Fluffy Cheese Omelette
If you measure an omelette by how cheesy and fluffy it turns out, this Fluffy Cheese Omelette is a winner. Personally, I like that frying it and then near-broiling it guarantees that the egg is completely cooked through. Finding runny egg in an omelette is a deal-breaker for me. The directions ask you to beat the eggs and cream until soft peaks form. That didn't happen for me, but I did notice that the mixture almost doubled in volume after 2 minutes of beating. I used that as my indicator that enough air had been incorporated to assure ample fluffiness. If you like a big, fluffy omelette, this is a recipe you'll probably want to try. (This recipe was submitted in 2003. It was tested and photographed in January 2014.)
- 3 large eggs
3 Tablespoons heavy cream (whipping cream)
1 Tablespoon unsalted butter
sea salt (to taste)
ground pepper (to taste)
Herbes de Provence (to taste)
1/4 cup shredded sharp Cheddar cheese
How To Make A Fluffy Cheese Omelette
Preheat oven to 450 degrees. Beat the eggs and cream with an electric mixer until soft peaks form (approx 2 minutes). Set egg mixture aside.
Heat butter in omelette pan over medium heat until butter just stops foaming. Pour egg mixture into pan. Using a rubber spatula, continuously scrape the bottom of the pan while cooking. Use small, rapid, circular motions. (This causes the cooked egg to loosen from the bottom of the pan, and causes uncooked egg to take its place.) Continue until approx. 75% of the eggs have cooked. There should still be some uncooked (runny) eggs on the top at this stage. Remove omelette pan from burner. Season to taste, using salt, pepper, and herbs. Sprinkle cheese over top of omelette.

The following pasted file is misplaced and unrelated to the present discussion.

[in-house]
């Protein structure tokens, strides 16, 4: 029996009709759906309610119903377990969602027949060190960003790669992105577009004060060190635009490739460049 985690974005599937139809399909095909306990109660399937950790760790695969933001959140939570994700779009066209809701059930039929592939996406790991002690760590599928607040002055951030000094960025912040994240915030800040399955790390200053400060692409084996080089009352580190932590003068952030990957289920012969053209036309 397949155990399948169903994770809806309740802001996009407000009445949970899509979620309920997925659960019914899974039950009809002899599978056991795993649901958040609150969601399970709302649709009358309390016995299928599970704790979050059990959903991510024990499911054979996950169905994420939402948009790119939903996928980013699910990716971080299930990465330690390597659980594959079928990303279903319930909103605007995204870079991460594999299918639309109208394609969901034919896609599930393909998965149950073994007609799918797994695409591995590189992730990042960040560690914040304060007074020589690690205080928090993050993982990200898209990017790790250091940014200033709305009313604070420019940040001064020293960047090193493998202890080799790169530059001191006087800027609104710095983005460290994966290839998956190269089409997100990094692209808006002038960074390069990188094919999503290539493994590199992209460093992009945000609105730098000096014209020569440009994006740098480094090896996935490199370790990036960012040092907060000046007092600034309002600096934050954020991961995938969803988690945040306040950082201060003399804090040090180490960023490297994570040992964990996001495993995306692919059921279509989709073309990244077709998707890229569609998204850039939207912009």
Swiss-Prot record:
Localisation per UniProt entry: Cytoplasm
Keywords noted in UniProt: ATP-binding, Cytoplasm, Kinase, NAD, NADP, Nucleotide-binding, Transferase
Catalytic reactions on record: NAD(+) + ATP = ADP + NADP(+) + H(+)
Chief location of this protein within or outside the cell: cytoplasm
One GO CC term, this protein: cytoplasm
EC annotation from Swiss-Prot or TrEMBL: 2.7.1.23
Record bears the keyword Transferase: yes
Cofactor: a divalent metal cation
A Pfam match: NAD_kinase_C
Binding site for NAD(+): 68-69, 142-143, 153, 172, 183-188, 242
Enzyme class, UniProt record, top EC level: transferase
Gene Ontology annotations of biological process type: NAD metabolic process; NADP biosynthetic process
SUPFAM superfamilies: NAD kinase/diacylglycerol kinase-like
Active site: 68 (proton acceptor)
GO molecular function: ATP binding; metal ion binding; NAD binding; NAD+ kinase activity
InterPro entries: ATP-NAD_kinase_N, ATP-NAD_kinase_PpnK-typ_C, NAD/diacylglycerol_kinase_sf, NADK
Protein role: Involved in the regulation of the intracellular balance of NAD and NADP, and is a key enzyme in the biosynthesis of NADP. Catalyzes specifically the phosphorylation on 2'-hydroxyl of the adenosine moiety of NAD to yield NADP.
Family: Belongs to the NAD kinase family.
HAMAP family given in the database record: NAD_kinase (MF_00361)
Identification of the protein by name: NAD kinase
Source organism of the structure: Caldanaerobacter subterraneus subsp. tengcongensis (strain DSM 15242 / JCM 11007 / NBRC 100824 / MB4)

Finally, put pan into oven at 450 degrees for approx. 90 seconds- - until eggs are firm. Remove from oven (using potholder for the now-hot handle), serve, and enjoy!
Cooking Notes From Mr Breakfast
Herbes de Provence is traditionally a mix of 7 to 11 herbs usually including rosemary, thyme, oregano and basil. Since this is more of an American omelette, I took that ingredient to mean any combination of seasonings (preferably fresh) that you like or have on hand. I used a combination of chopped chives, chopped parsley and Lawry's Seasoning Salt aka Herbes de What-I-Had-In-The-Kitchen.
Egg purists from the French school of cooking will probably turn up their noses up at this recipe, as egg purists from the French school of cooking tend to do. They believe that eggs should be treated tenderly, whereas this recipe beats the hell out of them. You will notice the egg is slightly less tender than those in a French omelette. If you're a Frenchman or someone who thinks everything the French do is the only way to do something, this may not be the omelette for you.
This recipe uses two cooking methods (on the stove and in the oven) to make this the fluffiest, tastiest omelette you've ever had. Really!
Mr Breakfast would like to thank VirtualBry for this recipe.
Recipe number 1135. Submitted 11/16/2003.